Holding groups aim for China's online ad market

28 July 2010

BEIJING: Competition between the major agency holding companies to gain a leading position in the Chinese online advertising sector is starting to intensify.

According to estimates from Magna, part of Interpublic Group, web adspend in the world's most populous nation is due to reach $2.5bn (€1.9bn; £1.6bn) in 2010, up 25% year-on-year.

In order to tap in to this trend, Mediabrands, which is owned by IPG, is looking to forge alliances with local agencies or to acquire them outright. 

Quentin George, chief digital officer at Mediabrands, argued the substantial possibilities available in the country will only be realised when improved options are developed for planners and buyers.

"There is nothing that competes with China in terms of the opportunity for scale," he said.

"On the demand side, it is very high. On the actual doing stuff side, it is a lot more complicated than most people would like it to be."

Publicis Groupe has recently formed a tie-up with Menlo Technologies, based in Shanghai, to create a platform enabling to obtain inventory from publishers quickly and easily.

Clients can utilise this auction programme to identify relevant portals, and to specify how much they are willing to pay using data such as visitor numbers and dwell time.

VivaKi, the new media arm of Publicis, is also adapting models first built for customers in the US as it seeks to offer a wide range of search, display and video advertising solutions in China.

WPP Group has made several purchases in China to broaden its portfolio, and took a minority stake in Leading Smart Holdings, parent of digital ad measurement firm Moment Systems, in mid-July.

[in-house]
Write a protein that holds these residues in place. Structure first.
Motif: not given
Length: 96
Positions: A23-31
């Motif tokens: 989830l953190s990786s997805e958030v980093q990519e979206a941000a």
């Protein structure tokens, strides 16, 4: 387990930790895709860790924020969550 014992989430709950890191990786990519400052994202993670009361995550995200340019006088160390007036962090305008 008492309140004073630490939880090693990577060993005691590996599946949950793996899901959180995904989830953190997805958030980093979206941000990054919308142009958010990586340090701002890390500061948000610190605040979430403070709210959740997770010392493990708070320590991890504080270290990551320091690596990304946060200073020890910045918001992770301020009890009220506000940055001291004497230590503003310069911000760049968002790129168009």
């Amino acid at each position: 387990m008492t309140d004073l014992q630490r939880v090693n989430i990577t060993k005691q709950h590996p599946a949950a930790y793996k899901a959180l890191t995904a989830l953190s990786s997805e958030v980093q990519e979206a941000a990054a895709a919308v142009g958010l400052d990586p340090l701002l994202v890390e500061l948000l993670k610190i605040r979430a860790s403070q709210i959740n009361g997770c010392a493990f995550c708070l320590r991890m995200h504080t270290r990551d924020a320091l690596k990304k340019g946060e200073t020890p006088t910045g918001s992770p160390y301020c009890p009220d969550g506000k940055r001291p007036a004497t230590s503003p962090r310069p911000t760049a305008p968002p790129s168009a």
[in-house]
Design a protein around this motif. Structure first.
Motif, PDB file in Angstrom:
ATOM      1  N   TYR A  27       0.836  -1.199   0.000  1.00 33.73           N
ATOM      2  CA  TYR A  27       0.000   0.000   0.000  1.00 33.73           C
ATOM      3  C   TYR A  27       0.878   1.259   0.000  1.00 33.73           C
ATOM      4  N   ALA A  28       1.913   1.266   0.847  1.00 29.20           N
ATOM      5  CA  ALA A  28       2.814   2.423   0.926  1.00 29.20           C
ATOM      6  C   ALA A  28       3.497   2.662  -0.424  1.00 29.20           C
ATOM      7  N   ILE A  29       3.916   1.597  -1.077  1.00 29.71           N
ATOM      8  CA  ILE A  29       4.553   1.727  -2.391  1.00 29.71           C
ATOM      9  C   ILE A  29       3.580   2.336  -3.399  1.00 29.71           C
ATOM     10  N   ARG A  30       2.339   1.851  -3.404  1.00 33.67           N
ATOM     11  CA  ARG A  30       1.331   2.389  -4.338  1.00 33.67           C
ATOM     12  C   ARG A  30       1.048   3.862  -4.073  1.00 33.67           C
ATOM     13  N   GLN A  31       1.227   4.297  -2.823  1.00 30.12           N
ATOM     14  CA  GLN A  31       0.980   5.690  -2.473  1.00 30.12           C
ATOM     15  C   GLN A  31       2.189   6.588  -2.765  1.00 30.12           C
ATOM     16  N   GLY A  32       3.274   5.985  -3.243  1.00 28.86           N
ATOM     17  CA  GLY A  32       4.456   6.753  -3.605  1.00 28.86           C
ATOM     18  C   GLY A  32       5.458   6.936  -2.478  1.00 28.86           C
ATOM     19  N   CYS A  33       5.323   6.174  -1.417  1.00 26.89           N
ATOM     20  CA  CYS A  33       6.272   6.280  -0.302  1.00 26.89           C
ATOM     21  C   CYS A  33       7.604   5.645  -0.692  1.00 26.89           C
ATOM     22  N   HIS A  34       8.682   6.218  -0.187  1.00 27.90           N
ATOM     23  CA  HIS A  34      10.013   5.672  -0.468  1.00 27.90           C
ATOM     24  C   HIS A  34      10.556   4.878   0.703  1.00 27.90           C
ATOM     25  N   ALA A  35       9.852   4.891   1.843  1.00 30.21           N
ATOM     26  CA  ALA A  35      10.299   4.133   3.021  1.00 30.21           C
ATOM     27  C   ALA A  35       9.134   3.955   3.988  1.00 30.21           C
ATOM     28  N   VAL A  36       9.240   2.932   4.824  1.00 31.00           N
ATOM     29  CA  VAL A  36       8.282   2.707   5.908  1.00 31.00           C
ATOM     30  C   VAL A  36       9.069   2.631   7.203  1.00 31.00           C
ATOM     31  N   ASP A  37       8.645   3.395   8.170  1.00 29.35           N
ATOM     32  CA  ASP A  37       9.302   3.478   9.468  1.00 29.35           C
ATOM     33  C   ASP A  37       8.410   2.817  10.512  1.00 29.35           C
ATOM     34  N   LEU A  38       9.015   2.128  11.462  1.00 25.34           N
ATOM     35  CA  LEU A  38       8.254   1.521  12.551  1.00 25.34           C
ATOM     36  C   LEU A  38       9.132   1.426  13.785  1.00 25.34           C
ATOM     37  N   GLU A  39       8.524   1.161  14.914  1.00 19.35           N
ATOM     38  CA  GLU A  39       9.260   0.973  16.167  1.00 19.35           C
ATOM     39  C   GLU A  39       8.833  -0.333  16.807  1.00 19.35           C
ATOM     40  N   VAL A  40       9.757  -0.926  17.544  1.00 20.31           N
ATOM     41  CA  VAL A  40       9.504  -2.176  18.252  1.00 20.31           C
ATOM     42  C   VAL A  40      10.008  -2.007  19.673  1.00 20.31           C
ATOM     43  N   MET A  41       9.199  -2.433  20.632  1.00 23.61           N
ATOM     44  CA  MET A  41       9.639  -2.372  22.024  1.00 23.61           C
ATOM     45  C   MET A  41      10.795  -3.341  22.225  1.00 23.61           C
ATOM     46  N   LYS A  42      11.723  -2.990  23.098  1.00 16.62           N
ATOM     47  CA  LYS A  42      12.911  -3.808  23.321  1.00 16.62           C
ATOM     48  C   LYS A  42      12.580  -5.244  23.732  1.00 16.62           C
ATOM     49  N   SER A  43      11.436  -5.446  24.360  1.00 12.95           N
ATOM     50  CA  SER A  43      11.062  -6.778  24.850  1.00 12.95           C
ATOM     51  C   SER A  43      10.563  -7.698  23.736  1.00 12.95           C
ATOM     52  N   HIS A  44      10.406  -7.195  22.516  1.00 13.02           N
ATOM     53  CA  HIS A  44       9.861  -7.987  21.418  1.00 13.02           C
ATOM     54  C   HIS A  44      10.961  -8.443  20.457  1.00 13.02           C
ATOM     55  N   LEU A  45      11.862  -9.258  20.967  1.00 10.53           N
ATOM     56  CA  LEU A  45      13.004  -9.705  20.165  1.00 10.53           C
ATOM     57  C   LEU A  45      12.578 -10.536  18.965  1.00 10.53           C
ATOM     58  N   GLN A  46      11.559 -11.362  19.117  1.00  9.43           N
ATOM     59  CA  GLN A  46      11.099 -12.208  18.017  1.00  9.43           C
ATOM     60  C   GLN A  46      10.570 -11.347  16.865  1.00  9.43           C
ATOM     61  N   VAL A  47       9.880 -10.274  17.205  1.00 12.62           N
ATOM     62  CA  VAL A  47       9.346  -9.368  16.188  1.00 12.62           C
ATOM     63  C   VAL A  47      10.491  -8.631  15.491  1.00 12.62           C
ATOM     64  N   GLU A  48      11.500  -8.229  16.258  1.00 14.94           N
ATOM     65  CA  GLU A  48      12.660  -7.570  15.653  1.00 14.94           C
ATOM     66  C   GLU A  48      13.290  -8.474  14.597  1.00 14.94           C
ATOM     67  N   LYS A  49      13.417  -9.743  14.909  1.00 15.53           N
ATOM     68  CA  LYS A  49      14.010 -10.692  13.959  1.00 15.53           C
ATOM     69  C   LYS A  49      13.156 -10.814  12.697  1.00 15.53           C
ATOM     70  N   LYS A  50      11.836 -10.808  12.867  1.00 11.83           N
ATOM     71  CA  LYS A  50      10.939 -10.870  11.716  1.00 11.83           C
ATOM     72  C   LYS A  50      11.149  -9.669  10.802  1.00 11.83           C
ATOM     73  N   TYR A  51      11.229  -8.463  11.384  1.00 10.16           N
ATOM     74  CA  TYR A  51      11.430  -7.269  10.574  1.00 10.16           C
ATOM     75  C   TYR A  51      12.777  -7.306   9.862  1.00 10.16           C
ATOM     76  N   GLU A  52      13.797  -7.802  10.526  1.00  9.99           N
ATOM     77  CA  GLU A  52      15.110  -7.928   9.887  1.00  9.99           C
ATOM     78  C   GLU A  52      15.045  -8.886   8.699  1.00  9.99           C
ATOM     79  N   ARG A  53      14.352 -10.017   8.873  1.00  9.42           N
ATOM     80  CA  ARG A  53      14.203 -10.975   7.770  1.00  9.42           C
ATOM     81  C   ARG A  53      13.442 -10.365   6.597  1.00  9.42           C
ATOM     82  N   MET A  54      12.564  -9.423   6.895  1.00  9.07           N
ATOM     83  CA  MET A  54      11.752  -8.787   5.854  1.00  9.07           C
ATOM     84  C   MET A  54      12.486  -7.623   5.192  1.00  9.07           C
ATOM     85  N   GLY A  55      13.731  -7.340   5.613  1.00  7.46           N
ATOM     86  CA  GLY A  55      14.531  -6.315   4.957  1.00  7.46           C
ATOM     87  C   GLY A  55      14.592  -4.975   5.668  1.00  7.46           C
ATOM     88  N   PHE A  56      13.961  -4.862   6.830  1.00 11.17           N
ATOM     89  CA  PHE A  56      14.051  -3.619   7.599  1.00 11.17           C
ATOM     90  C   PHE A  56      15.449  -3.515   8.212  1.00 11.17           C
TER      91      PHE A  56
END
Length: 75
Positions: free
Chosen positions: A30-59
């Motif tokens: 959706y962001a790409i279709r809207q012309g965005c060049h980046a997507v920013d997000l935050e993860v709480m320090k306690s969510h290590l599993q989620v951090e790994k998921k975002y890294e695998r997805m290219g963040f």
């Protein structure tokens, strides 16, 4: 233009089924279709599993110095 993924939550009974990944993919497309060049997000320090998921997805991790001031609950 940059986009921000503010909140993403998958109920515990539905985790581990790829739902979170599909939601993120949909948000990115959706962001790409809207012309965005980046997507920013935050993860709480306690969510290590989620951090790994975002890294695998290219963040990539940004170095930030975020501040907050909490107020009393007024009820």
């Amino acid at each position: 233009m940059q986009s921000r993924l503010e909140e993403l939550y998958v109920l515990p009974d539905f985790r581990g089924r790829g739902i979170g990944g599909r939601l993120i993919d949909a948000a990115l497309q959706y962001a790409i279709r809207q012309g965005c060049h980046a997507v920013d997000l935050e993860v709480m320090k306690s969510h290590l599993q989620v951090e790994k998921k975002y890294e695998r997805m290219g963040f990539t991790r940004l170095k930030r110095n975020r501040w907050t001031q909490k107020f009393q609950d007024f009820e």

"China represents the bull's eye and digital is incredibly important," Sir Martin Sorrell, ceo of WPP, said.

John Wren, the chief executive of Omnicom Group, has similarly outlined the organisation's intention of making acquisitions in the near future.

"We expect to see more activity going forward, especially in markets like Asia," he said on a conference call last week.

The obstacles in China include working with a new set of partners like Tencent and Baidu, the latter of which has cemented its grip on the search category after Google paired back its domestic operations.

Elsewhere, a lack of accurate statistics relating to the online behaviour of netizens may hamper the progress made by this medium in the short term.

But redressing this situation should unlock explosive growth.

"A lot of the emerging markets are still big TV markets, but some of the emerging technology on the digital side could leapfrog traditional media," James Dix, an analyst at Wedbush Securities, predicted.

Data sourced from Wall Street Journal; additional content by Warc staff